inputs, x1 and x2, and a binary target.  The inputs were drawn
independently from standard Gaussian distributions.  The target was
then set to "1" with the following probability:

exp ( - ((x1-0.4)^2 + (x2+0.3)^2) ^ 2 )

ie, the negative exponential of the fourth power of the distance of
(x1,x2) from (0.5,-0.3).  I generated 500 cases, and used the first
300 for training and the remaining 200 for testing.

For this problem, we can again try using a network with one layer of
hidden units (fifteen for this problem), and a single output unit.
For a binary target, a Gaussian data model would be inappropriate;
instead, we can use a logistic regression model, in which the
probability of the target being "1" is obtained by passing the value
of the output unit through the logistic function, f(x)=1/(1+exp(-x)).

The network, model, and data specification commands needed are quite
similar to those used in the regression problem above:

> net-spec blog 2 15 1 / - 0.05:0.5 0.05:0.5 - x0.05:0.5 - 100
> model-spec blog binary
> data-spec blog 2 1 2 / bdata@1:300 . bdata@301:500 .
Number of training cases: 300
Number of test cases: 200

The 'net-spec' command differs only in the number of input units (2),
the number of hidden units (15).  The data model used is "binary",
with no need for a noise level prior.

The 'data-spec' command also says that there are two inputs, and one
target.  It also has a third argument of "2" just before the "/",
which indicates that the target must be an integer with two possible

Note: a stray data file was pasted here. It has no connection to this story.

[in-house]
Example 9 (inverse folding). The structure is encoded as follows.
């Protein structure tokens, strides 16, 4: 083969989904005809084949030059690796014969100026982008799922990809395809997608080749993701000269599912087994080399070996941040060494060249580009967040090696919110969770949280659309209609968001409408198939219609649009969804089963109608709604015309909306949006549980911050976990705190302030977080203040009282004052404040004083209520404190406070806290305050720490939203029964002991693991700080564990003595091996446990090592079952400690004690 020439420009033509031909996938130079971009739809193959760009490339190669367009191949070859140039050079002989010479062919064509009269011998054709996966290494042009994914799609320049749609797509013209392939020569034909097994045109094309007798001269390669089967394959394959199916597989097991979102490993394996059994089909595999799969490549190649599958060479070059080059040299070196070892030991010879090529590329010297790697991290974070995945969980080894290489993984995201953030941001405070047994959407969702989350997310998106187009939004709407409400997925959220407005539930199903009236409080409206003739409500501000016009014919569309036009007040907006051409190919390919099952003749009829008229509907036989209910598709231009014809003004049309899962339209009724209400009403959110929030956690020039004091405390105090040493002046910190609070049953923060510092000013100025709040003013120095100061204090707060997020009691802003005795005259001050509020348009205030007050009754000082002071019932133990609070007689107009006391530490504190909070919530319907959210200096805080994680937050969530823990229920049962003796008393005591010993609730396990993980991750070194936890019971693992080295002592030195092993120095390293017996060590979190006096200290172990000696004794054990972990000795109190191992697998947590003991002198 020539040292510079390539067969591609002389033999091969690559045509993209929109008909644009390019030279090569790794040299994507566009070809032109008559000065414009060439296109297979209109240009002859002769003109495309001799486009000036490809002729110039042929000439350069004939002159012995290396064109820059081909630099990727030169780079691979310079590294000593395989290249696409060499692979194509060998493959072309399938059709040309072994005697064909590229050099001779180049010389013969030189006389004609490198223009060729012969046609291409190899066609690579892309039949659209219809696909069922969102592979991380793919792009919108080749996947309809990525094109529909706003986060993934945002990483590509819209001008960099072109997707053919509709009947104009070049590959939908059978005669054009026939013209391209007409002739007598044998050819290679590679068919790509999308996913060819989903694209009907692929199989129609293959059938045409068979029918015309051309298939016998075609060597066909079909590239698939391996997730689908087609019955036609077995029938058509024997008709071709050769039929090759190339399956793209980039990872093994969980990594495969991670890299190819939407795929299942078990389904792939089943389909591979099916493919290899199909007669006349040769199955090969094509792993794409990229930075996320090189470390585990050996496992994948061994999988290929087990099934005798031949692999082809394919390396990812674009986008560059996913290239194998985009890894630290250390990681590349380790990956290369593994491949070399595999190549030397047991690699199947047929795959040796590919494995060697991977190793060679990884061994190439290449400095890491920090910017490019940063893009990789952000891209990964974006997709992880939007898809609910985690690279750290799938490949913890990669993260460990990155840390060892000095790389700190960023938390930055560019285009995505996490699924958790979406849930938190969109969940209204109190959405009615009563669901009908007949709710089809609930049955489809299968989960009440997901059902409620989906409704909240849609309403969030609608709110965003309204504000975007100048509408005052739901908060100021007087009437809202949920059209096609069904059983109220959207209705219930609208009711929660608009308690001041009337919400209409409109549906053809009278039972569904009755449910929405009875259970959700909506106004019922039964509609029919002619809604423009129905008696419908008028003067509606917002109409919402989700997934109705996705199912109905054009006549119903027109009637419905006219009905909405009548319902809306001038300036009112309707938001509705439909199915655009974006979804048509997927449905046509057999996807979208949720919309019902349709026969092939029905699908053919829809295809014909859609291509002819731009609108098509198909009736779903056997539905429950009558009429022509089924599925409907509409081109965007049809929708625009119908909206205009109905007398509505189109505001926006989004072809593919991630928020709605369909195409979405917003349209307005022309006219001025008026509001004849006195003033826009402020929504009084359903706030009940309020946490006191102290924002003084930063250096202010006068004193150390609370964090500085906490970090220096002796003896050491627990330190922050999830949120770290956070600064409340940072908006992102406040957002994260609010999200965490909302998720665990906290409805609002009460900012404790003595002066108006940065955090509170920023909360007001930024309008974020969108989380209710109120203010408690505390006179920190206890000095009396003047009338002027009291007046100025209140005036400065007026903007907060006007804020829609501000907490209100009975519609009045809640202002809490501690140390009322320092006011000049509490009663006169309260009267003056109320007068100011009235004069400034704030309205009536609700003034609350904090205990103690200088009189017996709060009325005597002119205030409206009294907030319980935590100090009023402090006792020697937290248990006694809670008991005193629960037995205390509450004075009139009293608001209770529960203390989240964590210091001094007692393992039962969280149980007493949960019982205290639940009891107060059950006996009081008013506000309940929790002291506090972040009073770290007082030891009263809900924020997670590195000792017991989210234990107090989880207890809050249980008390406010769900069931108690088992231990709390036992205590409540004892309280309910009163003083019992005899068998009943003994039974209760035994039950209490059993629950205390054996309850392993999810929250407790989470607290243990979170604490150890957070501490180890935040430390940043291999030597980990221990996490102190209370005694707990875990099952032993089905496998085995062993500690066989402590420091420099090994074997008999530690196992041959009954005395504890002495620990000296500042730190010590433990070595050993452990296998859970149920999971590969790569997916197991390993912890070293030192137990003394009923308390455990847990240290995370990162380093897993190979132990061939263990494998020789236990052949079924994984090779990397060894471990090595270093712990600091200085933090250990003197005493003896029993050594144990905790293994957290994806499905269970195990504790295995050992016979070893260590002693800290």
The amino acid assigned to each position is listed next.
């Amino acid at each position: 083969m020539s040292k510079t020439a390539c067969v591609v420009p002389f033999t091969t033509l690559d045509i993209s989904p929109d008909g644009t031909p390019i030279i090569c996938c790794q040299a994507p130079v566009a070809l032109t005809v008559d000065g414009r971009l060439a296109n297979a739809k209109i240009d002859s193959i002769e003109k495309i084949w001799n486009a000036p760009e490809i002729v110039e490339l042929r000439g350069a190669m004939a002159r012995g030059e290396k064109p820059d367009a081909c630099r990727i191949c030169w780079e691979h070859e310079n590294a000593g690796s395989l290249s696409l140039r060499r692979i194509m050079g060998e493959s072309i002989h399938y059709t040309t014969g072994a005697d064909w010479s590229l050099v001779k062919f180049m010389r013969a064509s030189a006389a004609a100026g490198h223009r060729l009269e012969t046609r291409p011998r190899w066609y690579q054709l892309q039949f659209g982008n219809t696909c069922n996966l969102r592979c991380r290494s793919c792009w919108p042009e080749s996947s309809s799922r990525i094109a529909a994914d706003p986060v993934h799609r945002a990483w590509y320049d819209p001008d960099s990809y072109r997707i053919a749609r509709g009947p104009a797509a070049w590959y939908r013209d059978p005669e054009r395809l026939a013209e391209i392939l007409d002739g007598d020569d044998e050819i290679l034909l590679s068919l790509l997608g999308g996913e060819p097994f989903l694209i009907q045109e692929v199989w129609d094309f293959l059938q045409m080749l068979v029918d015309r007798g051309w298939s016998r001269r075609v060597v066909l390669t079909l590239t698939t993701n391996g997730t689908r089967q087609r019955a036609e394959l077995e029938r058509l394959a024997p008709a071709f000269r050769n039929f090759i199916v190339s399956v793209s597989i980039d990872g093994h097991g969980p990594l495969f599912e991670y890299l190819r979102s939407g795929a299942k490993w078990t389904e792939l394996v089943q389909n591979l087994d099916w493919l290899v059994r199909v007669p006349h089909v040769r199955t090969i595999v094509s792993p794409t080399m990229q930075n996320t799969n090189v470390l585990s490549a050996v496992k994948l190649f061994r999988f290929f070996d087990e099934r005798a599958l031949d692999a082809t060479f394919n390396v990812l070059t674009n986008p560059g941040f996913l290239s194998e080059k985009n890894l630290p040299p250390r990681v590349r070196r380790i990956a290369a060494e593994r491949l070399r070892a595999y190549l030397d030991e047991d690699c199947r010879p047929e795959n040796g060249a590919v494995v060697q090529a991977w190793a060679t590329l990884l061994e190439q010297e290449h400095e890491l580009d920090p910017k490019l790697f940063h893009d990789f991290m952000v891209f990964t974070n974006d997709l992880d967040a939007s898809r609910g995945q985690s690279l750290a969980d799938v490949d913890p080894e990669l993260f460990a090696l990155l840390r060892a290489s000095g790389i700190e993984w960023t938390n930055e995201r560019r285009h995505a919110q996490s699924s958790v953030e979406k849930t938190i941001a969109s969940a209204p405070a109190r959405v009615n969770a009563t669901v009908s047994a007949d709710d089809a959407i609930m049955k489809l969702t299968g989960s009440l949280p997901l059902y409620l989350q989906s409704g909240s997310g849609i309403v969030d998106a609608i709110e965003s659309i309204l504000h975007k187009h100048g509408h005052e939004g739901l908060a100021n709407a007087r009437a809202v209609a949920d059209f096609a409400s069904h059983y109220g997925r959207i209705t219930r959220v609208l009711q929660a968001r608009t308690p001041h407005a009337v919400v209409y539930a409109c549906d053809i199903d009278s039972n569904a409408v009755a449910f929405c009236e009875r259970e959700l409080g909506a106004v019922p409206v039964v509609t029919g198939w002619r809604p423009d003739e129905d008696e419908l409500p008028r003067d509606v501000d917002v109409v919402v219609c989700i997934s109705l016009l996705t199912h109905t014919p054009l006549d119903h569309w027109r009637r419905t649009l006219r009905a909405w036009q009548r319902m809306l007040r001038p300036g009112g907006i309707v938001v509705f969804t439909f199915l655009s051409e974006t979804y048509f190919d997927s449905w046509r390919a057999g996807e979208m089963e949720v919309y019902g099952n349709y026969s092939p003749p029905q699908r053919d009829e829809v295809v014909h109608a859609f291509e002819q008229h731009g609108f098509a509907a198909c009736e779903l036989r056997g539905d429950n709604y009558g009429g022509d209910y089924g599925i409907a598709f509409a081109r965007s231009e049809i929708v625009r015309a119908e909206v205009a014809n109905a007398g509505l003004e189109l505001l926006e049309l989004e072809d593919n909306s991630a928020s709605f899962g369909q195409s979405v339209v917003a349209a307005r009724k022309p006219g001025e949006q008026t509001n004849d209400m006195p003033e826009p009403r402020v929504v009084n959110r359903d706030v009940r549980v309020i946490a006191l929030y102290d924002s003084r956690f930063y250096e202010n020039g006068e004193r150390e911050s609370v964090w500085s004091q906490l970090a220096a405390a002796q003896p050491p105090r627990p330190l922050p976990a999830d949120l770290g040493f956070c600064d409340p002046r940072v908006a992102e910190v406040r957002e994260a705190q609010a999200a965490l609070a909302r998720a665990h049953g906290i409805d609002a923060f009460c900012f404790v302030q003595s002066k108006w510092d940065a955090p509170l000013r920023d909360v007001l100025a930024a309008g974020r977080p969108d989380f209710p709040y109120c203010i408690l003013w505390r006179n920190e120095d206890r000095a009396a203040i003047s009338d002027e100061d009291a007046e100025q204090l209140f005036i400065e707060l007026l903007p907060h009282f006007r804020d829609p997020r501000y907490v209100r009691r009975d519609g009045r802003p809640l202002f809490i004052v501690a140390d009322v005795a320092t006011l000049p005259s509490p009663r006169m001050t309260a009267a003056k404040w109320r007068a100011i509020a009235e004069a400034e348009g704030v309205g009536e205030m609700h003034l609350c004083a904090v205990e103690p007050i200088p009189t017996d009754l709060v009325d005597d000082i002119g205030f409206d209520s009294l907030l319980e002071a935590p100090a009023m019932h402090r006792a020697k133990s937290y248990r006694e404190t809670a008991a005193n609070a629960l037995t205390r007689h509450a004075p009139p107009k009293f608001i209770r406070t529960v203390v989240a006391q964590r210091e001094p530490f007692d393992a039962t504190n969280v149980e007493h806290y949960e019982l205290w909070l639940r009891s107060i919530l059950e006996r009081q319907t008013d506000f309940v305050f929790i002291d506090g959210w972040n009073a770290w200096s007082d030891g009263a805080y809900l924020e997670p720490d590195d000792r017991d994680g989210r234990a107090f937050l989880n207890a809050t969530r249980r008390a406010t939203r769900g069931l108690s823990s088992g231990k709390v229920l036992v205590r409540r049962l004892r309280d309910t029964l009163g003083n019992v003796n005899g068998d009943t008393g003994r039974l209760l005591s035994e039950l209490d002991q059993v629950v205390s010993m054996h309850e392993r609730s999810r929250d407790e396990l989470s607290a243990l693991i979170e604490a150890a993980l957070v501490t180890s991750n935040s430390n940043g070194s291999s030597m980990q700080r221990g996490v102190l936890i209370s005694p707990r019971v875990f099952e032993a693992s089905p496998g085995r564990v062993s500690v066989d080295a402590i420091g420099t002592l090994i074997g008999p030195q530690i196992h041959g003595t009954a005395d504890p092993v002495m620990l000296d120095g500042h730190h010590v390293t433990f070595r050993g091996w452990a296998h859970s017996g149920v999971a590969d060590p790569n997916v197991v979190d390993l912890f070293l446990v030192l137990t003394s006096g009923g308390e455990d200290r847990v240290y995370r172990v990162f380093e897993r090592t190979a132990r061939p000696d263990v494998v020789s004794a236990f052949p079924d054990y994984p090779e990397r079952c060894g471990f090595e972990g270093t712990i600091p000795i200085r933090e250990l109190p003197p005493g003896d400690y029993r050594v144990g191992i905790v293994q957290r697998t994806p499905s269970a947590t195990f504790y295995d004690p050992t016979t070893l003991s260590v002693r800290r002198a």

values (which are "0" and "1").

The initial phase commands that were used for the simple regression
problem turn out to be adequate for this problem as well:

> net-gen blog fix 0.5
> mc-spec blog repeat 10 sample-noise heatbath hybrid 100:10 0.2
> net-mc blog 1

For the sampling phase, we could also try using commands similar to
those presented above, but we might as well try something different
(the mc-spec command needed here is long, so it is continued by
putting a "\" at the end of the first line):

> mc-spec blog repeat 10 sample-sigmas heatbath 0.95 \
hybrid 100:10 0.3 negate
> net-mc blog 200

The above 'mc-spec' command specifies the variant of hybrid Monte
Carlo with "persistence" in which relatively short trajectories are
used, but random walks are suppressed by only partially replacing the
momentum in the 'heatbath' step.  Note that for this to work well, the
rejection rate must be quite small.  This alternative method has the
(with 'sample-sigmas').

On our SGI machine, the 200 iterations requested above take about 70
minutes.  During this time, one can monitor the simulation, for
instance with the command:

> net-plt t h1h2h3 blog | plot

where again, 'plot' is some appropriate plotting program, which in
this case must be capable of plotting three superimposed graphs, for
the three hyperparameters h1, h2, and h3.  The values for these
hyperparameters exhibit quite a high degree of autocorrelation, which
is why it is advisable to allow the simulation to go for 200
iterations, in order to be more confident that the simulation has
explored all high-probability regions of the posterior distribution.

Once the run has finished, we can make predictions using 'net-pred',
based, say, on the networks from the final 3/4 of the run (which is a
generally reasonable portion).  For a problem such as this, where the
response is binary, we are most likely interested in guessing whether
the target is "0" or "1", with performance measured by how often we
are right.  We can get such predictions as follows:

> net-pred itm blog 51:

Number of networks used: 150

Case  Inputs         Targets  Guesses  Wrong?

1   -1.56   0.90    0.00       0       0
2    0.09  -0.13    1.00       1       0
3   -0.79   0.85    0.00       0       0

( midde lines omitted )

198    1.49   0.70    0.00       0       0
199   -2.23  -0.28    0.00       0       0
200   -0.91  -0.03    0.00       0       0

Fraction of guesses that were wrong:  0.0900+-0.0203

The "itm" options ask for output listing the inputs, the targets, and